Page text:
Surely you'd need hearing to be able to read? Otherwise how do you know what each letter sounds like to construct words etc
    No, deaf people learn to read. And write. They just can't hear.

    The letters just mean something different. It's hard to understand because of the way we were taught to read as hearing kids, but it can definitely be done.
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    I always wondered how you taught deaf people to read and write, I mean, it must be so hard if you can't pronounce the word/remember what it sounds like.

    Good question OP
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    (Original post by Jingers)
    So they think in words and images?
    Yes, but I hear what I say rather than hear it.

    Great question OP
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    (Original post by TheGoonerGirl)
    I think in Deafanese.

    Just joking. I think in pictures. I don't think in sound or words at all.

    I am deaf.

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    Do you think in terms of people signing?
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    (Original post by TheGoonerGirl)
    I think in Deafanese.

    Just joking. I think in pictures. I don't think in sound or words at all.

    I am deaf.

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    i've read other posts by you where you talk about conversations you've had with people so you must have an understanding of spoken language?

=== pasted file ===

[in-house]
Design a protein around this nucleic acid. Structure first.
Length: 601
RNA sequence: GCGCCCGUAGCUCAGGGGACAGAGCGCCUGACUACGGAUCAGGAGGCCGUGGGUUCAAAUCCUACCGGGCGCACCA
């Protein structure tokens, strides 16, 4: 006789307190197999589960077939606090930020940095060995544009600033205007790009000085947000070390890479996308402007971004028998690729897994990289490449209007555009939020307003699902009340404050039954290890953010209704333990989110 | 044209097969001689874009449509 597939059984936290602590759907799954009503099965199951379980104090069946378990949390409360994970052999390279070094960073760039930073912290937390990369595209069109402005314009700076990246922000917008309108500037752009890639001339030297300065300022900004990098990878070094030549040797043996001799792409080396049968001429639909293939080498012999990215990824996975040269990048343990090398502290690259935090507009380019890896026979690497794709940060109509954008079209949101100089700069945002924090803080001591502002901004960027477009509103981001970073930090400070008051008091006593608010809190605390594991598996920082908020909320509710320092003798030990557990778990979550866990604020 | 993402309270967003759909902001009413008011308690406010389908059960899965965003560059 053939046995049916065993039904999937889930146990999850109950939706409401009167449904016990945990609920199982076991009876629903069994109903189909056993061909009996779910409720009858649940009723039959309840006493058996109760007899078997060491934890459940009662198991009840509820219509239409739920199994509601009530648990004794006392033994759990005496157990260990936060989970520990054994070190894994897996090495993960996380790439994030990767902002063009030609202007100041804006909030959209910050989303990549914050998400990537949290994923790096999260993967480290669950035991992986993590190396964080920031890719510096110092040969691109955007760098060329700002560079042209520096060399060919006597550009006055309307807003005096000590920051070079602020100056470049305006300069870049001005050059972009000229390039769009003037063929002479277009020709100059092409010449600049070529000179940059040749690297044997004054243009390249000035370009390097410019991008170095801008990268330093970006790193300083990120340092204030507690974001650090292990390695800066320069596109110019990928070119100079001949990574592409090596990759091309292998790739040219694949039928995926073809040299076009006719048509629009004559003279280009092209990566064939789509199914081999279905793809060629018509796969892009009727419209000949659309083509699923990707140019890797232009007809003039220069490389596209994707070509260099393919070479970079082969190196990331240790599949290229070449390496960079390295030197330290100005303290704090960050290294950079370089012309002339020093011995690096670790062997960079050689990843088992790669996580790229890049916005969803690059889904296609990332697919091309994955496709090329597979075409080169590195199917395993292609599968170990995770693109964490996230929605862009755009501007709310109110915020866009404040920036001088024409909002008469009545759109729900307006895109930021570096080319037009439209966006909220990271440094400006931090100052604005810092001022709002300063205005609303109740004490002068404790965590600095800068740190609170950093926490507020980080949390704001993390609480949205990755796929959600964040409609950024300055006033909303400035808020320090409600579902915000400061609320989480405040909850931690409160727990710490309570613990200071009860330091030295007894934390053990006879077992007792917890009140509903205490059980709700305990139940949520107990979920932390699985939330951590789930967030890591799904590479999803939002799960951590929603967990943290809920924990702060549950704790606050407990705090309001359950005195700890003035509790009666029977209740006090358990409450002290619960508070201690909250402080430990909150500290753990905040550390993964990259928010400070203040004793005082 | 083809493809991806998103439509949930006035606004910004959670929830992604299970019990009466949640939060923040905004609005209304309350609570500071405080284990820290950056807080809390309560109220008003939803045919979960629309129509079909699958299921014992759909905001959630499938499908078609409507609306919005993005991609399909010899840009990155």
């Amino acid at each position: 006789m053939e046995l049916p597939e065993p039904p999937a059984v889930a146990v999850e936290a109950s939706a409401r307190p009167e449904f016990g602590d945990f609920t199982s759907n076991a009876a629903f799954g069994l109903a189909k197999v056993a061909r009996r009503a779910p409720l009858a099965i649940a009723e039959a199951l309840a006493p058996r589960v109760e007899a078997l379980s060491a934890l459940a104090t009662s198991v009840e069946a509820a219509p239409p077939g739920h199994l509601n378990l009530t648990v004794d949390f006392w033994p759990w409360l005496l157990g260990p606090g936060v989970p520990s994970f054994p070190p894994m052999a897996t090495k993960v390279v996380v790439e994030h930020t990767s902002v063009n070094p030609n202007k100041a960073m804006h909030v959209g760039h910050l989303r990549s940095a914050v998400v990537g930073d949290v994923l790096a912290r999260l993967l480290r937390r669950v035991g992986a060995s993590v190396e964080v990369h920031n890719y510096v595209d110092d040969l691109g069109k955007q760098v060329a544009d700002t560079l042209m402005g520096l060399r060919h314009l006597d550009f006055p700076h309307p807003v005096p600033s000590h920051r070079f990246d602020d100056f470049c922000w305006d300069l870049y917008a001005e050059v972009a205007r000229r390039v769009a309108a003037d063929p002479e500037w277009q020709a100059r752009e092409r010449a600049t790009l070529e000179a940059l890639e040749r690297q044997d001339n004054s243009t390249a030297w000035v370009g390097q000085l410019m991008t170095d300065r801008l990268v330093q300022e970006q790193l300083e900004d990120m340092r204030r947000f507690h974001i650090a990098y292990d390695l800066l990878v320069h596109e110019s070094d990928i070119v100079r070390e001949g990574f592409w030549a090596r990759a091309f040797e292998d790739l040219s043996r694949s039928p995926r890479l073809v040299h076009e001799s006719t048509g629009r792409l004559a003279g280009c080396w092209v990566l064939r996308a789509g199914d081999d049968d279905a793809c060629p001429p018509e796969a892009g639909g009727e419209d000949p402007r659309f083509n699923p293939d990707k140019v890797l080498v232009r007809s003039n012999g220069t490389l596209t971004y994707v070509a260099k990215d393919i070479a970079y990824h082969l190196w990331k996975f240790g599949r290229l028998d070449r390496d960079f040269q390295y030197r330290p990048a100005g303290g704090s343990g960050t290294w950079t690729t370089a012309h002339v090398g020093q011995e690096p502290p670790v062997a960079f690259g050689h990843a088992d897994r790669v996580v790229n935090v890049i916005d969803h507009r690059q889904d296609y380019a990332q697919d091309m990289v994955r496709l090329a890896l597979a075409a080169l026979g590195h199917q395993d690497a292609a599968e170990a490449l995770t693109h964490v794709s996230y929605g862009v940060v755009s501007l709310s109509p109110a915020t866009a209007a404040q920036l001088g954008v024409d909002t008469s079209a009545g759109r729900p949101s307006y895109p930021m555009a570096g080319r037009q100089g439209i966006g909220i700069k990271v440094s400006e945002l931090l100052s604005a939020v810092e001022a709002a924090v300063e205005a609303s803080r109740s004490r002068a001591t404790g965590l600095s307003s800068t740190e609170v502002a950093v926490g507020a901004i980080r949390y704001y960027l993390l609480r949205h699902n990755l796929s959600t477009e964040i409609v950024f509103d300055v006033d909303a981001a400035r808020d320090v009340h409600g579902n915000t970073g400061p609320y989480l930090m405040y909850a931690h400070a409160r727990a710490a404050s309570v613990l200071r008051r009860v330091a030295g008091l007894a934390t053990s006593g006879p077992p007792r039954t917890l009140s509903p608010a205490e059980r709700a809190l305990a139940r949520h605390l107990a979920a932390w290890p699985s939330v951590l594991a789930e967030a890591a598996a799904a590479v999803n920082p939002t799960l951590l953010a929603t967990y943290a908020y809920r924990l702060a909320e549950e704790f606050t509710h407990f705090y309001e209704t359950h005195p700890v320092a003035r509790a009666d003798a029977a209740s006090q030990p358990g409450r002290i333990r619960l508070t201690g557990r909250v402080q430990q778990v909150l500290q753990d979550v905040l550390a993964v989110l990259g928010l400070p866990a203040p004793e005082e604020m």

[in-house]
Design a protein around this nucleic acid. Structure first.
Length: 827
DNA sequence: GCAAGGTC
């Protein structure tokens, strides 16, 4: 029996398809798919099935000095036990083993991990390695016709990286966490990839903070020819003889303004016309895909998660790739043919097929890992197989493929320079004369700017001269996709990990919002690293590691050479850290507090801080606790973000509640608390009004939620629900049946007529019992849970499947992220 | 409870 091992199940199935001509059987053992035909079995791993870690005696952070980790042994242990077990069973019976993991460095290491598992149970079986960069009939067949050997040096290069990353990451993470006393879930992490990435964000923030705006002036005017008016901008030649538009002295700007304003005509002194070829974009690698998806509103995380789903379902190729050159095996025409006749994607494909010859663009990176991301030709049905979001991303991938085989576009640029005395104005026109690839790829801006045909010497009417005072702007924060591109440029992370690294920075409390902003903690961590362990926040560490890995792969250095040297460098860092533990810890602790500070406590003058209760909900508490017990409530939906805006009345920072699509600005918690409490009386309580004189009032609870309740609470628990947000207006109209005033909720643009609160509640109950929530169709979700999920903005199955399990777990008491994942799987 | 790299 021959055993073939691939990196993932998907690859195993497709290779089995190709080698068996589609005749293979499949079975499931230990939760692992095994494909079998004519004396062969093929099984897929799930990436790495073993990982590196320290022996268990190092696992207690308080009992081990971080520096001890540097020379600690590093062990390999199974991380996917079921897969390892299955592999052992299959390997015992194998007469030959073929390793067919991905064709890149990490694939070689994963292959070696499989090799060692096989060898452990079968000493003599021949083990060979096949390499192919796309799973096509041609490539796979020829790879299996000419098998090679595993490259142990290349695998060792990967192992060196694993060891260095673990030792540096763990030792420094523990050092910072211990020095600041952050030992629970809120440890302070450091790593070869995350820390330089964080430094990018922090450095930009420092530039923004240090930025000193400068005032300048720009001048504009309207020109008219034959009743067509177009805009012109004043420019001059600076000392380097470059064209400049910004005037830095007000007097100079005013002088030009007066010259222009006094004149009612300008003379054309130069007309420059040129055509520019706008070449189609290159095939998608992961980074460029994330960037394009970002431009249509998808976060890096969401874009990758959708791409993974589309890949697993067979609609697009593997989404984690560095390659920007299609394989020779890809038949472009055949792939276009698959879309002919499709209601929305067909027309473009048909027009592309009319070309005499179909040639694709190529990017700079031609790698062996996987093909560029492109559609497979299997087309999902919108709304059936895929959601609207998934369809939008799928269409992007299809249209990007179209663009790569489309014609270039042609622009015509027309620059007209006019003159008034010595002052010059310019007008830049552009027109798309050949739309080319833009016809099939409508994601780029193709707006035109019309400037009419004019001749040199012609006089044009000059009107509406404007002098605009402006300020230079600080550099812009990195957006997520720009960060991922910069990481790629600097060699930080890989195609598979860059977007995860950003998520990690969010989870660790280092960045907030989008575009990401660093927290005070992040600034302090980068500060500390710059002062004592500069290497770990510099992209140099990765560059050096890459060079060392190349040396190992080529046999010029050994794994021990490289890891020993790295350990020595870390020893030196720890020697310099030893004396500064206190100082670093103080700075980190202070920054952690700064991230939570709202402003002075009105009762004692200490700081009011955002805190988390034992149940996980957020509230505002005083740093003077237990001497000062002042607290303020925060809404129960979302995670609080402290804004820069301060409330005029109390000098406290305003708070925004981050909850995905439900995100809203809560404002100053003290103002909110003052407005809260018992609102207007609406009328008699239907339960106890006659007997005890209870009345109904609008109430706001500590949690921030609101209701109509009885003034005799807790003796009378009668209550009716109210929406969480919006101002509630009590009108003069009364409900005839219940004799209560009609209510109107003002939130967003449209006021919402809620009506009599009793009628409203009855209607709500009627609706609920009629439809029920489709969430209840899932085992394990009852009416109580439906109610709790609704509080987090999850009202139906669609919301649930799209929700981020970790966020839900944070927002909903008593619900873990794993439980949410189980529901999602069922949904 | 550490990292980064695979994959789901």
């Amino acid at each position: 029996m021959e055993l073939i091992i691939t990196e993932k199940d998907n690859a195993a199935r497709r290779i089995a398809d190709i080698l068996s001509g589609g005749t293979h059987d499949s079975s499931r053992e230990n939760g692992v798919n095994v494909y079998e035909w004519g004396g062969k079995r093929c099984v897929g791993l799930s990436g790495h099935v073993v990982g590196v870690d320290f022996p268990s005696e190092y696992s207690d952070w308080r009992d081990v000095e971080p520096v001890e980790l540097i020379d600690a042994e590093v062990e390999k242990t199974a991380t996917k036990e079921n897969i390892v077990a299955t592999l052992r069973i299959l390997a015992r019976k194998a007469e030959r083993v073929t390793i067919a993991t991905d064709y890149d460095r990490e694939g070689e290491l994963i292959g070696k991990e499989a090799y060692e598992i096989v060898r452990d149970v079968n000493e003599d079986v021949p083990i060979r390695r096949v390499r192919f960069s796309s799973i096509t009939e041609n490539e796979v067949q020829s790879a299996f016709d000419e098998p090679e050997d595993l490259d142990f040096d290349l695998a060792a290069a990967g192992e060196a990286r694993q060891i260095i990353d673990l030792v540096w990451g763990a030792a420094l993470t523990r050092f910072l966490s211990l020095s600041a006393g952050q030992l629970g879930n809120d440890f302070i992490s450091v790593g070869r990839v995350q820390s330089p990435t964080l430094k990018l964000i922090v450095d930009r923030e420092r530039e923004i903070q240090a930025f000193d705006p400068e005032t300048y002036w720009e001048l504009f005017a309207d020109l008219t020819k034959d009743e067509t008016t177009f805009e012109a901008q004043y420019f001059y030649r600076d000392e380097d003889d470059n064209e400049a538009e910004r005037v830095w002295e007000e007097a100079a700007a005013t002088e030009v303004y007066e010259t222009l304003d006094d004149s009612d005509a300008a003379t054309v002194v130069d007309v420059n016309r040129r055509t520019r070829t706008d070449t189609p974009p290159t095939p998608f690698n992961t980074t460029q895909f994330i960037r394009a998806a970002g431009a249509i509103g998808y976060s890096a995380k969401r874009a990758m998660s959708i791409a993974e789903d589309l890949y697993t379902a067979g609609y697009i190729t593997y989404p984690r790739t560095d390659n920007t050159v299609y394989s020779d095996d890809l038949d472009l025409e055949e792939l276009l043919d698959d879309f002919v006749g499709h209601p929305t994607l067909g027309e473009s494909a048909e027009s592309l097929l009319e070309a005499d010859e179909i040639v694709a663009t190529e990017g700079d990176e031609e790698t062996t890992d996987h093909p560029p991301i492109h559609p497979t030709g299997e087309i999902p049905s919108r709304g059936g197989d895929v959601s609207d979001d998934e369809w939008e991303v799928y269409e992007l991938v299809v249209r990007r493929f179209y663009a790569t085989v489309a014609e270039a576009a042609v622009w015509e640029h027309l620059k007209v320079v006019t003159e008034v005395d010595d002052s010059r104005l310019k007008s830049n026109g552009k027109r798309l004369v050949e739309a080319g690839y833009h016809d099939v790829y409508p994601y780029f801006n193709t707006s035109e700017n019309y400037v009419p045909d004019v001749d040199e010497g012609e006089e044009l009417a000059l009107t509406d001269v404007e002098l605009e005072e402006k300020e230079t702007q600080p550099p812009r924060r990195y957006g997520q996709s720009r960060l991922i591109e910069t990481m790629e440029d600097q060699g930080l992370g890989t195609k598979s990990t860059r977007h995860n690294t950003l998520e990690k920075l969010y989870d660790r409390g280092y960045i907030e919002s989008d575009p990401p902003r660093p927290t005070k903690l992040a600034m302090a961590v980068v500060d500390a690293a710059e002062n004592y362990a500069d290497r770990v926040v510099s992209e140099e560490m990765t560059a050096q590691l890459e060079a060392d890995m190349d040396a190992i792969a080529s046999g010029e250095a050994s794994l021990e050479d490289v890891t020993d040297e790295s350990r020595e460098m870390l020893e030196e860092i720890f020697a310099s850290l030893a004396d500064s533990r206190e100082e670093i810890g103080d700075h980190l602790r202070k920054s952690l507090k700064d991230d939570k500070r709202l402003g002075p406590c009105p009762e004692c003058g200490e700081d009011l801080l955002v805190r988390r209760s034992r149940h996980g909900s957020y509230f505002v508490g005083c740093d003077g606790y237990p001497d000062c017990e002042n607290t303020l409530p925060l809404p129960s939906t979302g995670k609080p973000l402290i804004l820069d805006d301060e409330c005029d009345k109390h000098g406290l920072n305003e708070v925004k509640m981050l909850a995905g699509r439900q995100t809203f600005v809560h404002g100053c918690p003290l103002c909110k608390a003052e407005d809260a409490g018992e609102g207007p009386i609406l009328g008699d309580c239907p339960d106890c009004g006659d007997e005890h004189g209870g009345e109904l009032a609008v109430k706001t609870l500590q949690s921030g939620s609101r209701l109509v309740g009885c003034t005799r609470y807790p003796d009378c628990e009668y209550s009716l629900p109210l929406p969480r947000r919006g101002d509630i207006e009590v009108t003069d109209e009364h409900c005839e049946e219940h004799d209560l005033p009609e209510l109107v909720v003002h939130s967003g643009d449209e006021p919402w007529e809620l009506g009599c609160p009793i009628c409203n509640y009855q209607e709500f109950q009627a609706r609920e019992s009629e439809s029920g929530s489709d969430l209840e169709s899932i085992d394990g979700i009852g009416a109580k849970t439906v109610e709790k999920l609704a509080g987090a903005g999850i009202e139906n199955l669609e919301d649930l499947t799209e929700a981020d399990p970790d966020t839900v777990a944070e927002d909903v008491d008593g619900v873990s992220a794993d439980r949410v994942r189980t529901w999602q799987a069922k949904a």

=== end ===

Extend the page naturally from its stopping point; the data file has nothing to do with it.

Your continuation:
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    I asked my aunt and she thinks in images. Which you can actually kind of tell cause when she texts me sometimes the words in the sentence are jumbled up, but you know what she's saying, which suggests in her head she's not thinking the words but the idea...

    I personally can't imagine it. Also, sound isn't even a concept to her because she's never experienced it, so she can't answer the question. But, she does know when we're being too loud or when something is too noisy due to people's body language around her.
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    (Original post by Albino)
    Surely a lot of the time vibrations wouldn't wake you up though?

    (Original post by OU Student)
    :lol:

    There are vibrating and flashing alarm clocks you can buy. And if you can hear some stuff, you can buy an alarm clock which you can change the volume on.



    You can buy ones which you clip on to your pyjamas.
    I'm not deaf but I wake up from my phone vibrating. It is placed on the edge and falls on my head though :
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    It is an interesting subject. Think of being deaf and blind at the same time. I am also curious as to how one goes about that. Surely a lot of communication must be through feeling?
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    As someone with deaf parents there are quite a lot of funny misconceptions on this thread.
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    (Original post by Airfairy)
    It is an interesting subject. Think of being deaf and blind at the same time. I am also curious as to how one goes about that. Surely a lot of communication must be through feeling?
    Have you read about Helen Keller? She was deaf and blind, and was taught almost entirely through touch. I imagine the many books and films about her would answer some of your questions.
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    (Original post by Airfairy)
    It is an interesting subject. Think of being deaf and blind at the same time. I am also curious as to how one goes about that. Surely a lot of communication must be through feeling?
    I've done some voluntary work with deafblind children with a charity called Sense. Dual sensory impairment definitely makes things complicated communication wise, but there's deafblind manual for formal communication, & yeah, lots of communicating through touch. You just have to be more creative